It was pretty crazy actually. Someone we knew set it up with this collective in Norway, Etna Collective. They paid for us to come over to Norway and do this Norwegian tour and record in this studio, ABC Studios. They got Emil to be able to do this, who’s a long time friend of ours. He played guitar on some of the tracks. It was awesome running around in that studio for one weekend and just recording, starting as soon as you wake up, recording all night. When it feels good and when you’re doing something cool, and being there with Emil who’s so inspiring and great to work with, then you really come up with something good. I think something that we really learned recording this record is we were trying so hard to record so many different times and re-recording songs, and what really made the best recordings was just always if we were excited about what we were doing or really feeling what was going on.

It didn’t even matter the techniques of how we recorded or anything like that. The last song on the record, “I Will Die,” that’s recorded of us playing in a practice and writing it right there. We got a couple of microphones up and we tried to re-record the song better in better circumstances, but you can never capture how cool that song sounded right at the moment.

You design Death By Audio pedals to use in your live shows and when recording. Do you ever write songs and want to change the sound, so you decide to design a new pedal?
When we were working on this record, I came up with this Death By Audio pedal called The Ghost Delay. That was an inspiration for a lot of the sounds and some of the songs on the record. “Supermaster” and “What We Don’t See” heavily feature that effect. The songs wrote themselves based on what this sound sounds like. You come up with these ideas for songs, and then we also built some equipment, which we wanted to create certain sounds with on the record. It just happens anyway. You have to take inspiration from whatever you can. It goes both ways. It’s the chicken and the egg at the same time I suppose.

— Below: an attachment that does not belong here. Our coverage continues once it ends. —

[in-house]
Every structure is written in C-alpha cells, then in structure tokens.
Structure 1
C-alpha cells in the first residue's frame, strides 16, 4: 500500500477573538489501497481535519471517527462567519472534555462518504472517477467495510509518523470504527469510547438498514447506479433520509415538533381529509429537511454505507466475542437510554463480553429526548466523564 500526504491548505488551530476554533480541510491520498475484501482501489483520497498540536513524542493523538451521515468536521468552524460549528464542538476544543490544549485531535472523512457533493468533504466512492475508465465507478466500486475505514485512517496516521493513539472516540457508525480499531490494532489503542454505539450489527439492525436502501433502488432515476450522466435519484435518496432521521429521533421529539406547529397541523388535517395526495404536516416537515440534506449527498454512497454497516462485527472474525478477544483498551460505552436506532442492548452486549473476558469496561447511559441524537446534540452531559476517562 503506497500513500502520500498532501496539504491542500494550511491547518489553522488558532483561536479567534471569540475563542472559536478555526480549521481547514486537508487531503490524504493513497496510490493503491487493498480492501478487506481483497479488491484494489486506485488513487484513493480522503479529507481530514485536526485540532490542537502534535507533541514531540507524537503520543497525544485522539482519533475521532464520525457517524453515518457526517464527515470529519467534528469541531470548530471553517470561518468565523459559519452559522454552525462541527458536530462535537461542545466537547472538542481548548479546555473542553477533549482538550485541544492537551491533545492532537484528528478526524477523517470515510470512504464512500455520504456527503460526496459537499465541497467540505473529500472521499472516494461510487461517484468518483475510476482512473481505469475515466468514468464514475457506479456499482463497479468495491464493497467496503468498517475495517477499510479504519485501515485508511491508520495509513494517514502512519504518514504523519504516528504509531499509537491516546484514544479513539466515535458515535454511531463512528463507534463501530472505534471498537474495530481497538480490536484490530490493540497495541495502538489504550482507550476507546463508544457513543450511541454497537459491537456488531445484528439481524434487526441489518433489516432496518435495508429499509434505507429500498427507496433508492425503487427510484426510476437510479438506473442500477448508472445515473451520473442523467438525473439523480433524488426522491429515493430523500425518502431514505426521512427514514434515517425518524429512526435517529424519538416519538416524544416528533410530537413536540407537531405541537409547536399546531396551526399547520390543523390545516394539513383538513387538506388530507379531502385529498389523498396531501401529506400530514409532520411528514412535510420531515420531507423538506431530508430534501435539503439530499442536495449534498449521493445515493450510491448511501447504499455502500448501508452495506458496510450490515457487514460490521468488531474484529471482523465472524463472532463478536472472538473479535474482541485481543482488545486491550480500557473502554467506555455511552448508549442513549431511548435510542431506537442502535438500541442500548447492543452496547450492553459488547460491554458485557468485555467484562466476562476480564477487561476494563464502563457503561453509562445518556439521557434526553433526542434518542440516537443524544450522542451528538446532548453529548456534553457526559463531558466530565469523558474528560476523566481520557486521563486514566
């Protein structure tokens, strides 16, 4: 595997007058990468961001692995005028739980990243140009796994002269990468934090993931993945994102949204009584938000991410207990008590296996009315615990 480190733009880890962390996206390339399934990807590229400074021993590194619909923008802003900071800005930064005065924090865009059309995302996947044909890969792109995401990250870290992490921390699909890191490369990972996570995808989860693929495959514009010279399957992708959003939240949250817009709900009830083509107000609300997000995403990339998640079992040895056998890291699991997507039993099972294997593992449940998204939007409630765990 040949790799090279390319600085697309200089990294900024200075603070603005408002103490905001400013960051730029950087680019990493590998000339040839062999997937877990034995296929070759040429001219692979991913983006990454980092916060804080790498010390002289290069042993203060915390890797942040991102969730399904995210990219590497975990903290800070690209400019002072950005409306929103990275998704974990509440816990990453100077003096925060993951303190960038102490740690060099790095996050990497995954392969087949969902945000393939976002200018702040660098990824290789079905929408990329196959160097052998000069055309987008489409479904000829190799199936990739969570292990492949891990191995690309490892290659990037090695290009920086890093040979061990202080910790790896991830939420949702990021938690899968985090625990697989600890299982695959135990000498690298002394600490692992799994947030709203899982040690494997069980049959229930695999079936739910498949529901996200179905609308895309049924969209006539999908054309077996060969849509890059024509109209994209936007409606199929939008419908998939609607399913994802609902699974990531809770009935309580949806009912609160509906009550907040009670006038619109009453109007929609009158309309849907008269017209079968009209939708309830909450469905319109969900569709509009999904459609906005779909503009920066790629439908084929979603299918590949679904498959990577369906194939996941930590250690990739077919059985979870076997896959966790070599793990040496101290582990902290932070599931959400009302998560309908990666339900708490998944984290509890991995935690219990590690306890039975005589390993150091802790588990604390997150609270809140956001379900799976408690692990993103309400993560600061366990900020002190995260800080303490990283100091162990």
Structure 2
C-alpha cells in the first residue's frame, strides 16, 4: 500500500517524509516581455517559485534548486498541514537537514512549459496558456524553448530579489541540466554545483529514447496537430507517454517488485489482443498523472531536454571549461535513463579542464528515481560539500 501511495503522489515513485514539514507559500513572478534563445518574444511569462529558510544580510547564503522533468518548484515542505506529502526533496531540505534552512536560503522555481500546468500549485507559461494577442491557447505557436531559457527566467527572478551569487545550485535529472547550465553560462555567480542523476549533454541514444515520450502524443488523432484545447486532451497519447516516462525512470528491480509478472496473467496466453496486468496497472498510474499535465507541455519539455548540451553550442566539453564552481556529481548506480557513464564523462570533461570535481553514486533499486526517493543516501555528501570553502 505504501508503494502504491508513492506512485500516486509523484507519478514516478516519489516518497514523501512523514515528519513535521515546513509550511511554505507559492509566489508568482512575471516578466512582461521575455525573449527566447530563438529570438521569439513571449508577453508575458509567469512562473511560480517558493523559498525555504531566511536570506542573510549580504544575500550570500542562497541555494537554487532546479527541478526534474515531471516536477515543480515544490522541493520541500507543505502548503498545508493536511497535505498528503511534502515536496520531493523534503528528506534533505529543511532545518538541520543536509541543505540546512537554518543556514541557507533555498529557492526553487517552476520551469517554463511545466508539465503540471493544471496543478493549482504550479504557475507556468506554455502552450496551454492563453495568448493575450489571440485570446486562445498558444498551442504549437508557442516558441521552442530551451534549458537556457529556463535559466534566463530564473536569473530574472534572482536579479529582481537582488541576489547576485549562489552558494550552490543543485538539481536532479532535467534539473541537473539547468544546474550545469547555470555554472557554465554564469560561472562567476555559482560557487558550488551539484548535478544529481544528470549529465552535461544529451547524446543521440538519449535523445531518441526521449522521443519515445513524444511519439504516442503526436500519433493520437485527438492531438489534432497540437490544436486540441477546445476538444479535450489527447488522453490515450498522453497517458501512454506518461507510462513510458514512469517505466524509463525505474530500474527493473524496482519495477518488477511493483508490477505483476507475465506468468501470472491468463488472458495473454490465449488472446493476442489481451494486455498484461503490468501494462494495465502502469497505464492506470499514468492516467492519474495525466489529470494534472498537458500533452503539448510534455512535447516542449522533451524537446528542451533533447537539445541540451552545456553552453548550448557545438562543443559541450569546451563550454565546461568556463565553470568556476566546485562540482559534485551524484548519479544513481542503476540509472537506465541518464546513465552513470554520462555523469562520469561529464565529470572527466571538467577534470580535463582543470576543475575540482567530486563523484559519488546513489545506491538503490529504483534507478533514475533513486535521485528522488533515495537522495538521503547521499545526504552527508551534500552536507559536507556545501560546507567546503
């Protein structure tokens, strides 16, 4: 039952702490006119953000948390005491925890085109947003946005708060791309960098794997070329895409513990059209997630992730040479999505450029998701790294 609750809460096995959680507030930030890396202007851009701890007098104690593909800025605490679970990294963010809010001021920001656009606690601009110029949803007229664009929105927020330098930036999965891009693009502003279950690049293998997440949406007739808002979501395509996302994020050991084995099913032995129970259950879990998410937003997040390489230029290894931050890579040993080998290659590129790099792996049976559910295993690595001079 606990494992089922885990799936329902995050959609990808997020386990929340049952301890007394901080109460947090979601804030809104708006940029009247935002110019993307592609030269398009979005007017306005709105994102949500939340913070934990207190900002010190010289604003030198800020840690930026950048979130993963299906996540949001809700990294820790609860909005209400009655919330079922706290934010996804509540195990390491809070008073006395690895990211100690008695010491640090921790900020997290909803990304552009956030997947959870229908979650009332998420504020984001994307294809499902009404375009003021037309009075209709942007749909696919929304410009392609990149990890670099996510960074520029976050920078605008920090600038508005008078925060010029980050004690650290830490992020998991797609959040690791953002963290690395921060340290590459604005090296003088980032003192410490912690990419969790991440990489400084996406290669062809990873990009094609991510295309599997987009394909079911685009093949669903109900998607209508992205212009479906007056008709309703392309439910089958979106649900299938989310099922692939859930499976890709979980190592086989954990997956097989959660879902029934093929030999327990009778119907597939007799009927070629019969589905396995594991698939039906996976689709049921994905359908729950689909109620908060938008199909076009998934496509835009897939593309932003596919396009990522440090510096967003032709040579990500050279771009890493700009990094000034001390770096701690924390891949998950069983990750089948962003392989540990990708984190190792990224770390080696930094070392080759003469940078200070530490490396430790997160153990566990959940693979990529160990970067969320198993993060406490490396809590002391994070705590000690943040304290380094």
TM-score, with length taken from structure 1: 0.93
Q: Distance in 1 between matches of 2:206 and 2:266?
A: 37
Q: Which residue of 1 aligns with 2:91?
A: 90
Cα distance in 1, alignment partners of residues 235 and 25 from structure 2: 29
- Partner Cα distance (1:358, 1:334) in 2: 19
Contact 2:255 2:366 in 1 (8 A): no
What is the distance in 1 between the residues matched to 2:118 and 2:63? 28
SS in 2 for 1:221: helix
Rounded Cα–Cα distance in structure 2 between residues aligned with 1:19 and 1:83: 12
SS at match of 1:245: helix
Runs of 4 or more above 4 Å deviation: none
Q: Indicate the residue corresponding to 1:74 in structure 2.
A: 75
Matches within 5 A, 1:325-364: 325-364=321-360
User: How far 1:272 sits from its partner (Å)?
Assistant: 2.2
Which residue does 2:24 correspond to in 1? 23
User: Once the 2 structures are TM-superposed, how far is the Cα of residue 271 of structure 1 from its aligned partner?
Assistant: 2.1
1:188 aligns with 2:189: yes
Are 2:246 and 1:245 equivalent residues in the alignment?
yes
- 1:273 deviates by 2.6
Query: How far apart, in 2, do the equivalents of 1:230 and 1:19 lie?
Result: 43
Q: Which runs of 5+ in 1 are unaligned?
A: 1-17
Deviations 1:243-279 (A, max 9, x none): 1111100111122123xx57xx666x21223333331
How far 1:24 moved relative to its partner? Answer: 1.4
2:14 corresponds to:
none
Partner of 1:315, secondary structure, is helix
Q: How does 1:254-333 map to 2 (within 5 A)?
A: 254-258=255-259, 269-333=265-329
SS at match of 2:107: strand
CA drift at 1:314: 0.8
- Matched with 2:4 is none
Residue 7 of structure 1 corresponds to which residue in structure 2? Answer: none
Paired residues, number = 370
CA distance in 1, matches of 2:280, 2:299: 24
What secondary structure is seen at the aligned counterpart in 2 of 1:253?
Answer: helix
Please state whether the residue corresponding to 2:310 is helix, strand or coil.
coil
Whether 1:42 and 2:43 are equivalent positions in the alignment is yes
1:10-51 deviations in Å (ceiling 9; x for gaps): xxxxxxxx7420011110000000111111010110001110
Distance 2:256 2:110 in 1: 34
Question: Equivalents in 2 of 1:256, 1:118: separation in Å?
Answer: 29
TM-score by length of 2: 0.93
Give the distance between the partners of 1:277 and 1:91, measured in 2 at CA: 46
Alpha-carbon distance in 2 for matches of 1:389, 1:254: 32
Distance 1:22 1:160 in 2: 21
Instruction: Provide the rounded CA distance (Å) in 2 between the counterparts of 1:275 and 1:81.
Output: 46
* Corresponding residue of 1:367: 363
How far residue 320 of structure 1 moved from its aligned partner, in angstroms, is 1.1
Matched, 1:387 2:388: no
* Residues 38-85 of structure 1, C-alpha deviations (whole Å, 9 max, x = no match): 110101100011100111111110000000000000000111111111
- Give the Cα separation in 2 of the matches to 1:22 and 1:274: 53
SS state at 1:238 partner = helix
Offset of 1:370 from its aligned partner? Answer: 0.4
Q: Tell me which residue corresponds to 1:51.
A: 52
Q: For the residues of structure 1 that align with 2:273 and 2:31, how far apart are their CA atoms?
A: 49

Worship was recorded by yourself for the first time whereas with Transfixiation, you crossed an ocean to record with Emil and did the rest in New York. Is this something you want to continue to do or return to DIY?
We’ve recorded at some other studios and places throughout the US, but this is the first time outside the US. We’re going to try to do this more for future recordings, in different places. Maybe go to different cities with different people that we’re friends with or engineers that we admire and try recording a little bit here and there and get the best of all those worlds. I think that will make a really cool, dynamic record, so that’s what I want to do for the next record, but we’ll see if that happens.

What were your influences for the stateside sessions?
My influence on the stateside sessions for the record was live music. We wanted to capture the feeling and power of being engulphed in sound and we wanted it to be spontaneous. We had just been on tour and written a lot of interesting songs at live shows in moments of havoc and also toured with an amazing band called Bambara. At that same time there were amazing live shows going on at my house that totally blew me away. I had just heard of Yanaton Gat, New England Patriots and seen other extremely inspirational crazy shows. That feeling of being at a live show and your real life is slipping away into the moment is what we wanted to capture. The escape.

If you want to escape, go see A Place To Bury Strangers. They will be playing the Echoplex in Los Angeles on March 15, 2015. You can still buy tickets to the LA show here or check to see if there is an upcoming show near you on their website.

Subscribe